New Jersey Medical Power of Attorney Form [PDF]

Authorize someone to make decisions about your healthcare by drafting the New Jersey medical power of attorney using our template.

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New Jersey
Customized for New JerseyThis document may be legally binding in New Jersey according to your state specific regulations.
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  • Last reviewed on April 27th
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The New Jersey power of attorney, or healthcare power of attorney, is a legal document that delegates the authority for making healthcare decisions from one person, called the principal, to another person, called the agent or the attorney-in-fact.

The principal usually issues the medical power of attorney if they have been diagnosed with a terminal illness or are facing a complicated surgery.

However, many parties also create the medical power of attorney for general purposes if they are of unstable physical or mental health, and there is a possibility that they might become incapable of making their own healthcare decisions.

Laws and Legal Requirements for a Medical Power of Attorney in New Jersey

Laws and Legal Requirements

Title 26, Sections 2H-53 to 2H-67 of the New Jersey Revised Statutes regulate the status of the medical power of attorney form in New Jersey.

Section 26:2H-56 provides that the medical power of attorney must be signed before at least two witnesses or a notary public.

Section 26: 2H-57 provides that the principal can revoke the medical power of attorney by:

  • Completing the POA revocation form

  • Notifying their attending physician about the revocation

  • Issuing a new medical POA

  • Taking any other action that evidences an intent to revoke the medical POA

How to Write a Medical Power of Attorney in New Jersey

To draft a valid medical power of attorney in New Jersey, follow the step-by-step process outlined below.

How to Write a Medical Power of Attorney

#1. Access the Medical Power of Attorney Form

Here, you will find the New Jersey medical power of attorney template. You have to fill it out with the relevant information and indicate your preferences about your healthcare treatment.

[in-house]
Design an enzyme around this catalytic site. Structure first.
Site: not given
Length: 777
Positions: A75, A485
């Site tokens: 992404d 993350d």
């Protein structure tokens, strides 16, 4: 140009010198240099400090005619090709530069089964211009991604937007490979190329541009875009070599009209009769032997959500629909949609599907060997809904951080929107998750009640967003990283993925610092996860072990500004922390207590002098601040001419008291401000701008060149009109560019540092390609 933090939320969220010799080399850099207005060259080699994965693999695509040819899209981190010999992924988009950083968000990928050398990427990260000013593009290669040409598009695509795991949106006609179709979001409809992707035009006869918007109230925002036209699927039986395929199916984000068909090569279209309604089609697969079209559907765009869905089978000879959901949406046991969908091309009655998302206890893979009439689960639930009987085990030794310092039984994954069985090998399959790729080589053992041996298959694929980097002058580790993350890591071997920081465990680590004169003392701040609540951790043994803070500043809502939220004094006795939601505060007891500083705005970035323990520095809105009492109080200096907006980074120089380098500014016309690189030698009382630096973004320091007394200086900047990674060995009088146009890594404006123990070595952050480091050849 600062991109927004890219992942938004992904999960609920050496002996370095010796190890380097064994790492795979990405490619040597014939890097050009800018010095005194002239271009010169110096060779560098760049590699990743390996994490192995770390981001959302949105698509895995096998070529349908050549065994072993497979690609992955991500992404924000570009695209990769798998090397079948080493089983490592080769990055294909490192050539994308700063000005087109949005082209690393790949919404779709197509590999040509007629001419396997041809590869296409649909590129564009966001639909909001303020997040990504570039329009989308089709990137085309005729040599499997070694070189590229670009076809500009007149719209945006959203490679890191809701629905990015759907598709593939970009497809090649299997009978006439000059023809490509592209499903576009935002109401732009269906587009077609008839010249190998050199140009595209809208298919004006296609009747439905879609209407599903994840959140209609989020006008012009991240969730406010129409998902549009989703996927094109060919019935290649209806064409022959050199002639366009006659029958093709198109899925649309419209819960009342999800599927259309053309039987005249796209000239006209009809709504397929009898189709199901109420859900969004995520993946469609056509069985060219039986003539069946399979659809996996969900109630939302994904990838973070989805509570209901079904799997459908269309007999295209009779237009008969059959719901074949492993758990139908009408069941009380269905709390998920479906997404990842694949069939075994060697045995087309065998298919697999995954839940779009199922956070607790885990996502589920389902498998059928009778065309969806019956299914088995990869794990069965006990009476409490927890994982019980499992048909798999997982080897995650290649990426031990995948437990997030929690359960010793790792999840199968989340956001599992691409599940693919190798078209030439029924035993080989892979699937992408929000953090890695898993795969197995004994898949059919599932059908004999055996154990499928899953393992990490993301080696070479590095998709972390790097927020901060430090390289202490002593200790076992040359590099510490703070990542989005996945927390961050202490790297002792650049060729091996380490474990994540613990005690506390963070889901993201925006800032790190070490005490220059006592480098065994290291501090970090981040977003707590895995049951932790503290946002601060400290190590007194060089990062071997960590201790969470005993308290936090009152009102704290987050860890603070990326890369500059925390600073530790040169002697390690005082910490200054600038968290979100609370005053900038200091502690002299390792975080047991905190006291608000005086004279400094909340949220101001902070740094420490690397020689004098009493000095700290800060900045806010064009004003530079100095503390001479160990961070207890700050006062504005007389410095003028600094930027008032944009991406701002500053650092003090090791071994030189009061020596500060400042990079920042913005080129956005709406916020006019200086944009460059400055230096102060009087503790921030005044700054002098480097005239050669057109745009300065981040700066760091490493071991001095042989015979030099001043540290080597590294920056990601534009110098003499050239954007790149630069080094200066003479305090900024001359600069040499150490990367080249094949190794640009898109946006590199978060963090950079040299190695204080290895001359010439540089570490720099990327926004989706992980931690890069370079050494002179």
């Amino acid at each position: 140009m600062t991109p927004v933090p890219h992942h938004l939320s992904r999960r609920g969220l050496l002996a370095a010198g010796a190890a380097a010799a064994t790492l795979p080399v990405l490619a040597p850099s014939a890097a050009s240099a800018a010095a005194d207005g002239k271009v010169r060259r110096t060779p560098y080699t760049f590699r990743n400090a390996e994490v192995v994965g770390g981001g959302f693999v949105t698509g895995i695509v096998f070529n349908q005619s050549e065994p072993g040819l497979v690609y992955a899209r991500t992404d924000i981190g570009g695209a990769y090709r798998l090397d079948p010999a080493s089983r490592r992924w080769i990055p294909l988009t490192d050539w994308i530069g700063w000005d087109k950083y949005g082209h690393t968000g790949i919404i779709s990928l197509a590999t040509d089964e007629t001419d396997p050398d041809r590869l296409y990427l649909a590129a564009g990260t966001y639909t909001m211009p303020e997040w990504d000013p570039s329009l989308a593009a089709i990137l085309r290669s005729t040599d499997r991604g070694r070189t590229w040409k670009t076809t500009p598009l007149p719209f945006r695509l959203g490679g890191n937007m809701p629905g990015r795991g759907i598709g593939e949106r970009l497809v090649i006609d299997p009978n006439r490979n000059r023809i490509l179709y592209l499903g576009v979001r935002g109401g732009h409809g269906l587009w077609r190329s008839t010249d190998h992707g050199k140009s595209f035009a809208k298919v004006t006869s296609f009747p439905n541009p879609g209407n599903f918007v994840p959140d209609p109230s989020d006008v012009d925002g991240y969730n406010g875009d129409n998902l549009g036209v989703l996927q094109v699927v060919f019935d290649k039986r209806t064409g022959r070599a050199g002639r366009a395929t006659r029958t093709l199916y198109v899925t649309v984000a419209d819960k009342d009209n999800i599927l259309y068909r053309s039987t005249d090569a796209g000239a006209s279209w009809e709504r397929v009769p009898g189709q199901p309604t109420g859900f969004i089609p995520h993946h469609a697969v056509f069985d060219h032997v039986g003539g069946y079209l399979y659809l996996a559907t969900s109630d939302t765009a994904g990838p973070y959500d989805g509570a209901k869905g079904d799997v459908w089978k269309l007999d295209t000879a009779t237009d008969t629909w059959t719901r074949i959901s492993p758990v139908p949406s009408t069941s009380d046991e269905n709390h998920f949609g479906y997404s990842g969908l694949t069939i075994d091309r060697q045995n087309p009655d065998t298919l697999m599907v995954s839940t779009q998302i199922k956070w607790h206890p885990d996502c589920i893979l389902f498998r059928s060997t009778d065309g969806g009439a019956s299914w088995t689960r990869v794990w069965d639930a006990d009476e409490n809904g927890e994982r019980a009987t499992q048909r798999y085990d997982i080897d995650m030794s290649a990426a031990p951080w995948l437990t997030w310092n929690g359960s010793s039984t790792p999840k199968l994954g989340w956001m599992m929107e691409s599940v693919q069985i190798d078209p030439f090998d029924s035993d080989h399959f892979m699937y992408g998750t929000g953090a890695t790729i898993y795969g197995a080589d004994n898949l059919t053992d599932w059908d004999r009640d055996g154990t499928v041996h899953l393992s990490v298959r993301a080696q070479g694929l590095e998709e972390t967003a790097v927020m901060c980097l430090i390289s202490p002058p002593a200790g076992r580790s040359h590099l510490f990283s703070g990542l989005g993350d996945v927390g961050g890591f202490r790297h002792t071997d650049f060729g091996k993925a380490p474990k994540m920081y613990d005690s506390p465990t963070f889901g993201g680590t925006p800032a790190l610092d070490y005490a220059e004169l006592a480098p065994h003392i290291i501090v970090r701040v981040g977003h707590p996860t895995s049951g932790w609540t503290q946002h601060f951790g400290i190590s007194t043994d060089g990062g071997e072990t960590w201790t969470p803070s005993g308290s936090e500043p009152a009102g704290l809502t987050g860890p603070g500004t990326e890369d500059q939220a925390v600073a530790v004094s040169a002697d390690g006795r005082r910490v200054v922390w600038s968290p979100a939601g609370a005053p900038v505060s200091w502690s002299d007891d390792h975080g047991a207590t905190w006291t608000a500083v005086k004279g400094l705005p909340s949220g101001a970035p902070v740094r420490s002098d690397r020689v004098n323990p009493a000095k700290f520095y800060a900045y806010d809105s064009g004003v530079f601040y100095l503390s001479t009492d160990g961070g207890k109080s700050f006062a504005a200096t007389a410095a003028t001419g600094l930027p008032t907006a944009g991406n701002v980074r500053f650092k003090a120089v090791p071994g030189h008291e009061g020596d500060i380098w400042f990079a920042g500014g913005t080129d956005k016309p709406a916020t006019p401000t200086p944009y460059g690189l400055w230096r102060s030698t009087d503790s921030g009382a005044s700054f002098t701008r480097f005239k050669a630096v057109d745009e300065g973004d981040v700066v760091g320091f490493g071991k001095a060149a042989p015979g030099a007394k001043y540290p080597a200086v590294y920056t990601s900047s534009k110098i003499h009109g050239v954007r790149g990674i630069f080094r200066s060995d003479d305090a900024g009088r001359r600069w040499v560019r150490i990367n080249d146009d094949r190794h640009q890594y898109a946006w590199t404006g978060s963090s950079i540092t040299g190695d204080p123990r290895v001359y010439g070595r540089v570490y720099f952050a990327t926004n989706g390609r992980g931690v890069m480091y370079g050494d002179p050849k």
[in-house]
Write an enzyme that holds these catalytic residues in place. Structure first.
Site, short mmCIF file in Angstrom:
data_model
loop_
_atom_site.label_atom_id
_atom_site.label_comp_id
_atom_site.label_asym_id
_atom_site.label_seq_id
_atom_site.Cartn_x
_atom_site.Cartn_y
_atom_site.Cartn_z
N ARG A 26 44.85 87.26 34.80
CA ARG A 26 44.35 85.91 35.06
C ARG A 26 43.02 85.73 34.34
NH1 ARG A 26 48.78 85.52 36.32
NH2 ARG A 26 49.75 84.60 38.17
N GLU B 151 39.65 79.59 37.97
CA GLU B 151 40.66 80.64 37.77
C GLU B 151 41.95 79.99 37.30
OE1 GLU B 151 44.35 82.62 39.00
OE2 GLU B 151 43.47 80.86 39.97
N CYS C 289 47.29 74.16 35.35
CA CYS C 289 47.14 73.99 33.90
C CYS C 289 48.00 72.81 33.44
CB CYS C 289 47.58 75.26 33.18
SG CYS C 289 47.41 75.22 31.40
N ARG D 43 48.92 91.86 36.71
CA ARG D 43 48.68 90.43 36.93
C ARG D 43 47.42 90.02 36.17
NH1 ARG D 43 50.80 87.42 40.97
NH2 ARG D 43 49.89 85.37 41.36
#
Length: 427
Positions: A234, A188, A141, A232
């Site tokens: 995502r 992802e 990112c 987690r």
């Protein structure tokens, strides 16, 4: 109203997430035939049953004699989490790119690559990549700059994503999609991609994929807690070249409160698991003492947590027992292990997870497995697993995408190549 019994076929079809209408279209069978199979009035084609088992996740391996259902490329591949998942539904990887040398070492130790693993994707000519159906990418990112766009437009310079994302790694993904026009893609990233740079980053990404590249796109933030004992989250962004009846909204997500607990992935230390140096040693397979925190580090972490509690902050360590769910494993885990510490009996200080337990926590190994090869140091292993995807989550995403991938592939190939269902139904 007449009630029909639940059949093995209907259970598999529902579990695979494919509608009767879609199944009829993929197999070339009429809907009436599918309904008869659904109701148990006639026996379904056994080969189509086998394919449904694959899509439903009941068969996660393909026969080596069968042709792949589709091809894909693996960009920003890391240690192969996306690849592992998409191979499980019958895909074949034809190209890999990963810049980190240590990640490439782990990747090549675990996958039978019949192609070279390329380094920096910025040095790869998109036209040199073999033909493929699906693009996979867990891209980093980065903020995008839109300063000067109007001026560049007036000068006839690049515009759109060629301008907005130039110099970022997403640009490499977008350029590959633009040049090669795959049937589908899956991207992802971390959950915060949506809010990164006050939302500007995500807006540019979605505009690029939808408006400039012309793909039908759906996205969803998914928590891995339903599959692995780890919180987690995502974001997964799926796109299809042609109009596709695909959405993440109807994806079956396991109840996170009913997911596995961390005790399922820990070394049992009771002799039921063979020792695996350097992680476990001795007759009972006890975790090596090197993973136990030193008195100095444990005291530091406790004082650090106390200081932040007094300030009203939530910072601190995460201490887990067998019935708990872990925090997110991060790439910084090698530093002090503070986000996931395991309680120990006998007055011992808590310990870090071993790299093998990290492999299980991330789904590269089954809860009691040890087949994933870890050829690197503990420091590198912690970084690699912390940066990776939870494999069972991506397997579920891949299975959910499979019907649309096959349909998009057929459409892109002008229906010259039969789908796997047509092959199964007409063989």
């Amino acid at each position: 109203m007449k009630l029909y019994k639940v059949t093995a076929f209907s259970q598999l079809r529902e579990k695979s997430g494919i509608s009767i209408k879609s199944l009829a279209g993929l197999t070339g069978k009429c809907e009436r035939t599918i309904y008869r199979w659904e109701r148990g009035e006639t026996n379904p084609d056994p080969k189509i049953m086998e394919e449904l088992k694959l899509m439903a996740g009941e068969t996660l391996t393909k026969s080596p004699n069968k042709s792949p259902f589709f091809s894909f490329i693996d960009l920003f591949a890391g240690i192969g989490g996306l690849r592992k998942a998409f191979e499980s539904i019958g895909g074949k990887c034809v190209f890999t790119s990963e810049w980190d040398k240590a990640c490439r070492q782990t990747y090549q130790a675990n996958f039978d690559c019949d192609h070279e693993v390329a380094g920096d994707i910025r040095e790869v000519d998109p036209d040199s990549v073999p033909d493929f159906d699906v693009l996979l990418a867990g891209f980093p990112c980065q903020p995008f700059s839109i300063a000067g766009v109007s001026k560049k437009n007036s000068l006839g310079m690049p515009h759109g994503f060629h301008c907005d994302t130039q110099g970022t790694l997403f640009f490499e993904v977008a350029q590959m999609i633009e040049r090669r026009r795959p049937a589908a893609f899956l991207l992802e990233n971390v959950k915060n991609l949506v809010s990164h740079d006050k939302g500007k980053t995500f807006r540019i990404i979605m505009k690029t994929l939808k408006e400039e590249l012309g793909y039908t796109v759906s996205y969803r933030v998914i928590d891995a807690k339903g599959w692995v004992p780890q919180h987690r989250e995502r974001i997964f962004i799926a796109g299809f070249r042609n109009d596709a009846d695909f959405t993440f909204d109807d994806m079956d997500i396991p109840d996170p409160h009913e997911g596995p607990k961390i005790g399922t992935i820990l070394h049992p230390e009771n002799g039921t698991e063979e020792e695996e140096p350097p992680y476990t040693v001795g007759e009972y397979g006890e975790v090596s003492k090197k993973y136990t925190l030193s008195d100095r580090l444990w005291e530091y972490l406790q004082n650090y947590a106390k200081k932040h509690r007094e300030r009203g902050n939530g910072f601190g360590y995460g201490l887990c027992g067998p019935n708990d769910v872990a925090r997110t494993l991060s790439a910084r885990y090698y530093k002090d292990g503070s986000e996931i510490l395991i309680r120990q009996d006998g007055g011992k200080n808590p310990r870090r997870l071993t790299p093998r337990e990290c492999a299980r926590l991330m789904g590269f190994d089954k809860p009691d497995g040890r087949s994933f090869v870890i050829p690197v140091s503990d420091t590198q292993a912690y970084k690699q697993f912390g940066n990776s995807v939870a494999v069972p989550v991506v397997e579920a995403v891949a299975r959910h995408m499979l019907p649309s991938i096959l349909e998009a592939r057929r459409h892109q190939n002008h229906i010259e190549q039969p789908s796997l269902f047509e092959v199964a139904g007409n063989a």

Our advanced legal document builder will provide you with instructions on how to fill out each of the sections of the document.

First, you should enter the date of issuing the medical power of attorney and the principal's full name, mailing address, and contact details.

#2. Appoint a Healthcare Representative

The healthcare representative is also called the agent or the attorney-in-fact. This is the person who will have the authority to make decisions about your healthcare on your behalf. Here, you should enter their full name, mailing address, and contact details.

The agent should be an adult with the legal capacity to act. Moreover, they should be trustworthy, considering the importance of their authority. You can name your spouse, a blood relative, a friend, or another trustworthy advisor as your agent. 

Here, you can also include all the medical power of attorney rights and limitations and outline your agent’s scope of authority.

#3. Identify an Alternative Healthcare Representative

This person is also called the secondary attorney-in-fact or a secondary agent. They act and make decisions about your healthcare in case your primary agent becomes incapacitated or becomes, in some way, unable to represent you.

Here, you should enter their full name, mailing address, and contact details. You can name one or more people to act as your secondary agents.

#4. Identify the Witnesses and Have Them Sign the Form

After finalizing your medical power of attorney form, you should print and sign it. The document should be signed by at least two witnesses. Both witnesses should be of legal age and have the legal capacity to act. They will confirm that the principal has personally signed the document.

#5. Notarize the Form

Alternatively, instead of providing witness signatures, you can sign your medical power of attorney before a notary public. They will confirm your identity and acknowledge that you have personally signed the document. This will increase the authenticity of the document and prevent potential misunderstandings and fraudulent activities.

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